Git is complicated, and it seems like everyone has a set of customizations they use to try and make it easier to use. Sometimes it aliases for clarifying what exactly
git checkoutwill do. Sometimes it’s a pre-built
~/.gitconfigfile that has lots of tweaks and display customizations and options configured.
I’ve been participating regularly in Advent of Code for the past couple of years. It’s one of the highlights of my holiday season. The puzzles are fun, the stories are appropriately ridiculous, and it’s a neat way for me to keep the cobwebs brushed off some of the things I learned years ago that I don’t regularly use. Every year there are puzzles that take me a couple of minutes to solve, and puzzles that take me hours: I will forever curse the Intcode puzzles from 2019.
I grew up around technology, so I don’t have good memories of when I really “started” getting in to programming. When I was around 14, I picked up HTML and started playing around with that. I learned to make simple graphics in AppleWorks that I’d embed in those pages.
Recently I was thinking about the idea I’d posted on simplifying backwards compatibility in Swift, and was also thinking about some of the principles of kindness that I wrote about in my article on API design.
Every year as new OS and Swift versions are released, the question comes up over and over again: “how do I use this new thing while also supporting older versions?”. While we have a bunch of “availability” tools at our disposal (and I’ll be using them in this post), they always come across as somewhat cumbersome: we need to do inline checks, or we have conditional logic flow that obfuscates the intent of some of our code, and so on.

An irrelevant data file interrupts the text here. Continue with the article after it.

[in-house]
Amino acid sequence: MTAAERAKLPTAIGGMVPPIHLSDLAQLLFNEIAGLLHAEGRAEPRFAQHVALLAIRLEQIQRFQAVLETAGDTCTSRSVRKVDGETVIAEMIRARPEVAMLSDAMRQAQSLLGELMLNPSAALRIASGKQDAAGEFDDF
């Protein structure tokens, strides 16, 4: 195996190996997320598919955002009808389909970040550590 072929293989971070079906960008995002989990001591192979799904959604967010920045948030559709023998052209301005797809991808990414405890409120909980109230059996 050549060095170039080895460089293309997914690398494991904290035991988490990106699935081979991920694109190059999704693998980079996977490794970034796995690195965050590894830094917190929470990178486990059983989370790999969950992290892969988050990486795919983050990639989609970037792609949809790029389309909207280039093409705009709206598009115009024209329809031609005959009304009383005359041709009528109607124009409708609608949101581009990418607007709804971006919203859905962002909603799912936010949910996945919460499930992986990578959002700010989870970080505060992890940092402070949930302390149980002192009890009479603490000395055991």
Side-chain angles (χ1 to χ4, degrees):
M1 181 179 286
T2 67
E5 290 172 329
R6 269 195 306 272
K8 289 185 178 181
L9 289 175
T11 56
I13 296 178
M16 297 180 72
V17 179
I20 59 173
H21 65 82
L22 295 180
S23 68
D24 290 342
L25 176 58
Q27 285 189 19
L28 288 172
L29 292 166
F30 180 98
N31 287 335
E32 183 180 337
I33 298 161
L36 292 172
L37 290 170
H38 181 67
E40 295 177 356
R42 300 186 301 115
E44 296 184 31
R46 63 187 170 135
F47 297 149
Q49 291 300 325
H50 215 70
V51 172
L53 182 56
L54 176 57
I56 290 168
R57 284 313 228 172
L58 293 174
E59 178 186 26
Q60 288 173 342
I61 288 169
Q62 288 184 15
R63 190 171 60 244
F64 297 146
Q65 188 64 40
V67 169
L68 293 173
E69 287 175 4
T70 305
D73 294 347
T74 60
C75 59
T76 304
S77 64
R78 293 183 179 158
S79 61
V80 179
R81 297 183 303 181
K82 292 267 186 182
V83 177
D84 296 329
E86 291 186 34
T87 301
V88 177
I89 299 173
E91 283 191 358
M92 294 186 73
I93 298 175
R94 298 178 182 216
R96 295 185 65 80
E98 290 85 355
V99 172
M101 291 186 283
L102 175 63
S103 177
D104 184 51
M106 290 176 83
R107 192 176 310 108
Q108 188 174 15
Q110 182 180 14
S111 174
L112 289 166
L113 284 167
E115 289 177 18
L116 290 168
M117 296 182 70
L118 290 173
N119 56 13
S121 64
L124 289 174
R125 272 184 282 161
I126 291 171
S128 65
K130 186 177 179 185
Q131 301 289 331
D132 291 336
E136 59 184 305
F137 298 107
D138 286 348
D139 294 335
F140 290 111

In the previous post, I shared how you can create custom property wrappers that will work with SwiftUI’s view updating mechanism. I wrote that because I’ve got one other neat property wrapper to share, but understanding how it works requires knowing how to make custom wrappers. Now that I’ve got that out of the way…
As I’ve been working with SwiftUI, I’ve come up with some custom property wrappers that I want to share with you. Most of these are property wrappers that can be easily accomplished using other approaches, but I like these for their expressivity.
A while ago I was playing around with Swift’s string interpolation functionality and come up with something cool I thought I’d share with you.
Over the course of this series, we’ve started with a simple idea and taken it to some pretty fascinating places. The idea we started with is that a network layer can be abstracted out to the idea of “I send this request, and eventually I get a response”.
I was planning on having a few more posts on different loaders you can build using this architecture, but for the sake of “finishing” this series up, I’ve decided to forego a post-per-loader and instead highlight the main points of a few of them.